Stem Cell Treatments for Huntington's Disease

Stem Cell Treatments for Huntington's Disease are Currently Available at SIRM.

Area of the brain most damaged in early Huntington's disease – striatum (shown in purple)

Stem Cell Treatment for Huntingtons

Huntington's disease (HD) is a neurodegenerative genetic disorder that affects muscle coordination and leads to cognitive decline and dementia. It typically becomes noticeable in middle age. HD is the most common genetic cause of abnormal involuntary writhing movements called chorea, and indeed the disease used to be called Huntington's chorea.

It is much more common in people of Western European descent than in those of Asian or African ancestry. The disease is caused by an autosomal dominant mutation on either of an individual's two copies of a gene called Huntingtin, which means any child of an affected parent has a 50% risk of inheriting the disease. In the rare situations where both parents have an affected copy, the risk increases to 75%, and when either parent has two affected copies, the risk is 100% (all children will be affected). Physical symptoms of Huntington's disease can begin at any age from infancy to old age, but usually begin between 35 and 44 years of age. About 6% of cases start before the age of 21 years with an akinetic-rigid syndrome; they progress faster and vary slightly.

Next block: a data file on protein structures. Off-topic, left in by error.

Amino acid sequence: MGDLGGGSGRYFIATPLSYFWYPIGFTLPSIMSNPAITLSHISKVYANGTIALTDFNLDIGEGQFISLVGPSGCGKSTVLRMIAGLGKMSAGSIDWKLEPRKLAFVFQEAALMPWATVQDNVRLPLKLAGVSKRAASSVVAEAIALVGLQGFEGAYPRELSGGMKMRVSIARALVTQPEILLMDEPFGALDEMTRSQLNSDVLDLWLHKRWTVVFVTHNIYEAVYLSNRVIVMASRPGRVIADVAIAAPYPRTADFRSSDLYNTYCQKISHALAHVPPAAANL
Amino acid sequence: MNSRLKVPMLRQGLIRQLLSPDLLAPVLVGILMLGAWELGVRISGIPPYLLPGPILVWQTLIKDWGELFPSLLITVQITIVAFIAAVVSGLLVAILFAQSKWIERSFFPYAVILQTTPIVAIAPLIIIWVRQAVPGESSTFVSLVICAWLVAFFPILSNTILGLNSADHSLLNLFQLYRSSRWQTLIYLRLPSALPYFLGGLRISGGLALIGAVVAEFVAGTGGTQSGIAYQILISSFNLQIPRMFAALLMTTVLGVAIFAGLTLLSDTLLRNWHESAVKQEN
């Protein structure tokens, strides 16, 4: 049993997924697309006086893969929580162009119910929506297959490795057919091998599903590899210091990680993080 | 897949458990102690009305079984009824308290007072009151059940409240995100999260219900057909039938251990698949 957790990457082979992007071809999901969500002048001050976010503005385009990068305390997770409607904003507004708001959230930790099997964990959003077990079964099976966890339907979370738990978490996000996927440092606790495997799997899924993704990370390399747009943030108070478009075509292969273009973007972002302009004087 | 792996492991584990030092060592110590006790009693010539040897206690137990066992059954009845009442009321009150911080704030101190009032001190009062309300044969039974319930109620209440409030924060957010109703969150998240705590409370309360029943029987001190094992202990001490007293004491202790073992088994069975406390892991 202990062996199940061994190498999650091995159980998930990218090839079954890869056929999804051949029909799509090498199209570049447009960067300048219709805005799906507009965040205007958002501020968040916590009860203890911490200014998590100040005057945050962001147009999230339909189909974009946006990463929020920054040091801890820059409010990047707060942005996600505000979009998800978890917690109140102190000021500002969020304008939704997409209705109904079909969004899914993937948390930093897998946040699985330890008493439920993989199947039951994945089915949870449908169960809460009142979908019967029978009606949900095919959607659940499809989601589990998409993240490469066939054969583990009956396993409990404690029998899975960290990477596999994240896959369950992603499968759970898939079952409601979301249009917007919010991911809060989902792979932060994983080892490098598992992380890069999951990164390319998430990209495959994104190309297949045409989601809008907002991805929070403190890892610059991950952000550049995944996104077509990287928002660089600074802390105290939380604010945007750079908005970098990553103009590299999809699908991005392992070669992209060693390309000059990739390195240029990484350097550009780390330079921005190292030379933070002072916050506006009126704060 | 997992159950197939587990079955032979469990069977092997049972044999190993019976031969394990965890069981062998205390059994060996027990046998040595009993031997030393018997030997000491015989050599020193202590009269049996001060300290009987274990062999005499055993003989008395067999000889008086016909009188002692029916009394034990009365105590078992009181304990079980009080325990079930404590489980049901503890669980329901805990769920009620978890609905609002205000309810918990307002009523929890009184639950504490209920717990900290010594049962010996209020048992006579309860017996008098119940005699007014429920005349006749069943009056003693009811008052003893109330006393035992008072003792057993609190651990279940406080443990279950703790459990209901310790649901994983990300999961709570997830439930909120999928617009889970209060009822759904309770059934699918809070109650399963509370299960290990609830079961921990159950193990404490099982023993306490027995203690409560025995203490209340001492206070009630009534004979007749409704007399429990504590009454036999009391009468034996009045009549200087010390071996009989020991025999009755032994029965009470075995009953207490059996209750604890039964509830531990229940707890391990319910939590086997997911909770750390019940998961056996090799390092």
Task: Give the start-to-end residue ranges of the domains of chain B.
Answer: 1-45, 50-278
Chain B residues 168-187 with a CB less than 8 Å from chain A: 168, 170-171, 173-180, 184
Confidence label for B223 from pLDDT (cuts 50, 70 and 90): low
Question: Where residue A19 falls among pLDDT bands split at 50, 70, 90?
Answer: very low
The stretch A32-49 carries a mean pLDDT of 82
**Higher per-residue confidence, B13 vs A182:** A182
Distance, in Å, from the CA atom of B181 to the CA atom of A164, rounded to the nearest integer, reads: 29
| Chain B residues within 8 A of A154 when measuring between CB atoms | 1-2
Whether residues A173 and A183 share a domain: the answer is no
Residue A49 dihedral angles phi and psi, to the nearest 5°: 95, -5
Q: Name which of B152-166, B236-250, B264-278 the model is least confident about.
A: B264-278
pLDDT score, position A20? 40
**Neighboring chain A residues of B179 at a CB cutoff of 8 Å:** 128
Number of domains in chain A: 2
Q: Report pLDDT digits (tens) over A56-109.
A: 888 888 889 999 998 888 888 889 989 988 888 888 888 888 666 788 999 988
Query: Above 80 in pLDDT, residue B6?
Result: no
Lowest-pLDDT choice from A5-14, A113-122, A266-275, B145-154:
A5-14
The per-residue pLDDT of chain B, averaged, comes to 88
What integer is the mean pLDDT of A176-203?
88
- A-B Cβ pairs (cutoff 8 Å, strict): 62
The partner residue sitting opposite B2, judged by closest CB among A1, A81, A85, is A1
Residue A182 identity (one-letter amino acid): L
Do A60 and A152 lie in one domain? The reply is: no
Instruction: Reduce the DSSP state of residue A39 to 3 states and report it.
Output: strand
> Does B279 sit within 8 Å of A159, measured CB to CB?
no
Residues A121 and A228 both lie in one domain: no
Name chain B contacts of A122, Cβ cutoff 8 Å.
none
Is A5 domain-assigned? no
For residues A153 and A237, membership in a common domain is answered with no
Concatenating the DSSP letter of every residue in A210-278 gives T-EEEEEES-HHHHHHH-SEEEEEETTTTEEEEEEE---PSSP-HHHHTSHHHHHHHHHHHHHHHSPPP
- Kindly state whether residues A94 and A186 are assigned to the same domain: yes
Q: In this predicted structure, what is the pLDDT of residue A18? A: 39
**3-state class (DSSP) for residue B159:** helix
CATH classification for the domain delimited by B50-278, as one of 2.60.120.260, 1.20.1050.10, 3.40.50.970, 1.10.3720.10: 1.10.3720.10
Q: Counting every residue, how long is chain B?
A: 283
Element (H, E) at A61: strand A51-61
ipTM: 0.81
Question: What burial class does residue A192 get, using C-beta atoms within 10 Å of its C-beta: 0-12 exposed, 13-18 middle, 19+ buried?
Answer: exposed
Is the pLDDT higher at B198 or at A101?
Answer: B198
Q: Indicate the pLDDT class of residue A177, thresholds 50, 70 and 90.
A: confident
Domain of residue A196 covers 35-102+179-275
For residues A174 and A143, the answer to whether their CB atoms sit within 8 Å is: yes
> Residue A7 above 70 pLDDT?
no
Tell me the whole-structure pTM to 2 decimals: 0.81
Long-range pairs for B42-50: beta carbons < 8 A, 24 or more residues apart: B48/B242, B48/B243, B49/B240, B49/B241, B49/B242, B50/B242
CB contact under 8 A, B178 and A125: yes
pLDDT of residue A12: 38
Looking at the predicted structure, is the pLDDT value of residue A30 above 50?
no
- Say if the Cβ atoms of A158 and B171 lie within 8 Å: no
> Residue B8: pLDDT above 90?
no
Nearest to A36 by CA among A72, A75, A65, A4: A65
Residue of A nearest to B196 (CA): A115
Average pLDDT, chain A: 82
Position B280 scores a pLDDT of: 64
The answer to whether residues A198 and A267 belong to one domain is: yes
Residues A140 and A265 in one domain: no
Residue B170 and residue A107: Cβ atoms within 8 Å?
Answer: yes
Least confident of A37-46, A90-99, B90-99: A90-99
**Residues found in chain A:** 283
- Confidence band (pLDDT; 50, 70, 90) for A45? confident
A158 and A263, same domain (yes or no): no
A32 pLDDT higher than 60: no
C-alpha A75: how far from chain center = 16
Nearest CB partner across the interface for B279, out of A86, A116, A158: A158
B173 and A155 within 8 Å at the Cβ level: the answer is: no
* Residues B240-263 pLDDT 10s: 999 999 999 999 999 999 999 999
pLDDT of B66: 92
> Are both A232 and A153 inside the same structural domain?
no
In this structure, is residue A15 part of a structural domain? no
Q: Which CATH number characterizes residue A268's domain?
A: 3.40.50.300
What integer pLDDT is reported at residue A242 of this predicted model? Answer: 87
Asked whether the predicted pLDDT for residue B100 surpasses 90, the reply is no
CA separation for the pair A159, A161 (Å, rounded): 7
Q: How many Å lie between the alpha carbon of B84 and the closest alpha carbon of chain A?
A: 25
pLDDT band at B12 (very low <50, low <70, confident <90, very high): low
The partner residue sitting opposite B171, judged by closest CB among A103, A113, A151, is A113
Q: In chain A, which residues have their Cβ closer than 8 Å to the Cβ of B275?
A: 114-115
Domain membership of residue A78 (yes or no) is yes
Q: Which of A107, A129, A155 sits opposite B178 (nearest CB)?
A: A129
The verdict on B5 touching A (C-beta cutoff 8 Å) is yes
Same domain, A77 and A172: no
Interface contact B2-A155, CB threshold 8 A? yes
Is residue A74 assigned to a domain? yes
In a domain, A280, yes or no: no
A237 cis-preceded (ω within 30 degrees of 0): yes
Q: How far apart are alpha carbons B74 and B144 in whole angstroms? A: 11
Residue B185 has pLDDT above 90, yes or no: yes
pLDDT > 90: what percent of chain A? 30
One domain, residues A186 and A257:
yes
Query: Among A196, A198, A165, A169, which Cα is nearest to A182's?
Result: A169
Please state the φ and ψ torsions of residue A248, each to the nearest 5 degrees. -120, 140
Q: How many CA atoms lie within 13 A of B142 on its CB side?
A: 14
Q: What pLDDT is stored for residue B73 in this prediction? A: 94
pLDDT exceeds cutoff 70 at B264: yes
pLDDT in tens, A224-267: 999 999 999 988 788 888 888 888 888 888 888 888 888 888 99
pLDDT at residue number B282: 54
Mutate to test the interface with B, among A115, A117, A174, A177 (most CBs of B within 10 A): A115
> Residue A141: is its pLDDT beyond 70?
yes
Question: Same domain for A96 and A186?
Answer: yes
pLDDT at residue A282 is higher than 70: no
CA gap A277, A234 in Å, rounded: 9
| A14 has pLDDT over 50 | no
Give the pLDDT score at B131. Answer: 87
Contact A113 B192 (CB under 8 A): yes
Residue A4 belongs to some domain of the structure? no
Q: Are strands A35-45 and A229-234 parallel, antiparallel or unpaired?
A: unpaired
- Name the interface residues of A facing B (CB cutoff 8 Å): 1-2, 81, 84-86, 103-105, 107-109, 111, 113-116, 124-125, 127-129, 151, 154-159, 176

Huntington's Disease treatment studies and stem cell protocols listed below, and at SIRM, we aim to treat Huntington's with Stem Cell Therapy

NIH Streaming Database:

Related Articles Disruption to schizophrenia-associated gene Fez1 in the hippocampus of HDAC11 knockout mice. Sci Rep. 2017 09 19;7(1):11900 Authors: Bryant DT, Landles C, Papadopoulou AS, Benjamin AC, Duckworth JK, Rosahl T, Benn CL, Bates GP Abstract Histone Deacetylase 11 (HDAC11) is highly expressed in the central nervous system where it has been reported to have roles in neural differentiation. In contrast with previous studies showing nuclear and cytoplasmic localisation, we observed synaptic enrichment of HDAC11. Knockout mouse models for HDACs 1-9 have been important for guiding the development of isoform specific HDAC inhibitors as effective therapeutics. Given the close relationship between HDAC11 and neural cells in vitro, we examined neural tissue in a previously uncharacterised Hdac11 knockout mouse (Hdac11 KO/KO). Loss of HDAC11 had no obvious impact on brain morphology and neural stem/precursor cells isolated from Hdac11 KO/KO mice had comparable proliferation and differentiation characteristics. However, in differentiating neural cells we observed decreased expression of schizophrenia-associated gene Fez1 (fasciculation and elongation protein zeta 1), a gene previously reported to be regulated by HDAC11 activity. FEZ1 has been associated with the dendritic growth of neurons and risk of schizophrenia via its interaction with DISC1 (disrupted in schizophrenia 1). Examination of cortical, cerebellar and hippocampal tissue reveal decreased Fez1 expression specifically in the hippocampus of adult mice. The results of this study demonstrate that loss of HDAC11 has age dependent and brain-region specific consequences. PMID: 28928414 [PubMed - indexed for MEDLINE]

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